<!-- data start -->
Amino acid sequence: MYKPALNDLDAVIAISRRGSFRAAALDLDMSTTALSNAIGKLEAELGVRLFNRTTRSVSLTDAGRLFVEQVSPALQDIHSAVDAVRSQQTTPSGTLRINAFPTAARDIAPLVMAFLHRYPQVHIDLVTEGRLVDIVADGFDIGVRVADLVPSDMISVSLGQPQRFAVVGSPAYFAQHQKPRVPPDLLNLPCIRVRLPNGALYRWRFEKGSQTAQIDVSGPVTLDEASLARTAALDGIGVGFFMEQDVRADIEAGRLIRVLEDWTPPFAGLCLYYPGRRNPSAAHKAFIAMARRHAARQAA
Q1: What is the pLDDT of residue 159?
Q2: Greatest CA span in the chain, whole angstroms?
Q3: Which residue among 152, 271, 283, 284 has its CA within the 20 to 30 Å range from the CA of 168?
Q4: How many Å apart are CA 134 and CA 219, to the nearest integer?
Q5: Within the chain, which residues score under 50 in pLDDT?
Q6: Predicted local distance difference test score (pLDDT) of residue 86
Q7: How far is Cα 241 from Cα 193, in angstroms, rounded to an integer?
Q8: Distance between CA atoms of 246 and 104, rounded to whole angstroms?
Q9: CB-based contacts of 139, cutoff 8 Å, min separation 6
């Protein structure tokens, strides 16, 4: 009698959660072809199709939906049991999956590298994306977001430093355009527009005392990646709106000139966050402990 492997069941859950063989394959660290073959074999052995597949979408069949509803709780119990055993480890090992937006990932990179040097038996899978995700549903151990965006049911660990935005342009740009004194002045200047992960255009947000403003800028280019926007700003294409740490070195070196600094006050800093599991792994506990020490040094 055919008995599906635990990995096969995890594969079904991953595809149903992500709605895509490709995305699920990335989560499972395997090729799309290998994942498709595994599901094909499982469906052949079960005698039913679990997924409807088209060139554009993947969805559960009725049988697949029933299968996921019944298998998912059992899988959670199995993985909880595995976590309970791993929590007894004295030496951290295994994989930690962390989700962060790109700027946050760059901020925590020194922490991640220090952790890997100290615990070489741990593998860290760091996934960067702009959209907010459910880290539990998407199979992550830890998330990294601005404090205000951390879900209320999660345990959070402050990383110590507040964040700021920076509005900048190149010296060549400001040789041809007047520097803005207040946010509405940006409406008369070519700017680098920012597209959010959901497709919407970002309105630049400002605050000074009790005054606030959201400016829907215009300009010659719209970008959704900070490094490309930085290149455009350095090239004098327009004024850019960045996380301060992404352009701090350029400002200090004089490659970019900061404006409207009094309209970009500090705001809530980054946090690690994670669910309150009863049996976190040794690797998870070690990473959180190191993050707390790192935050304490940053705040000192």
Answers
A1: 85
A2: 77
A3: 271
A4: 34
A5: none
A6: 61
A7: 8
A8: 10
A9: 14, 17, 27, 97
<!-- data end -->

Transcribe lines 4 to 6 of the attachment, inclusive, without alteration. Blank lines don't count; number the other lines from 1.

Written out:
Q3: Which residue among 152, 271, 283, 284 has its CA within the 20 to 30 Å range from the CA of 168?
Q4: How many Å apart are CA 134 and CA 219, to the nearest integer?
Q5: Within the chain, which residues score under 50 in pLDDT?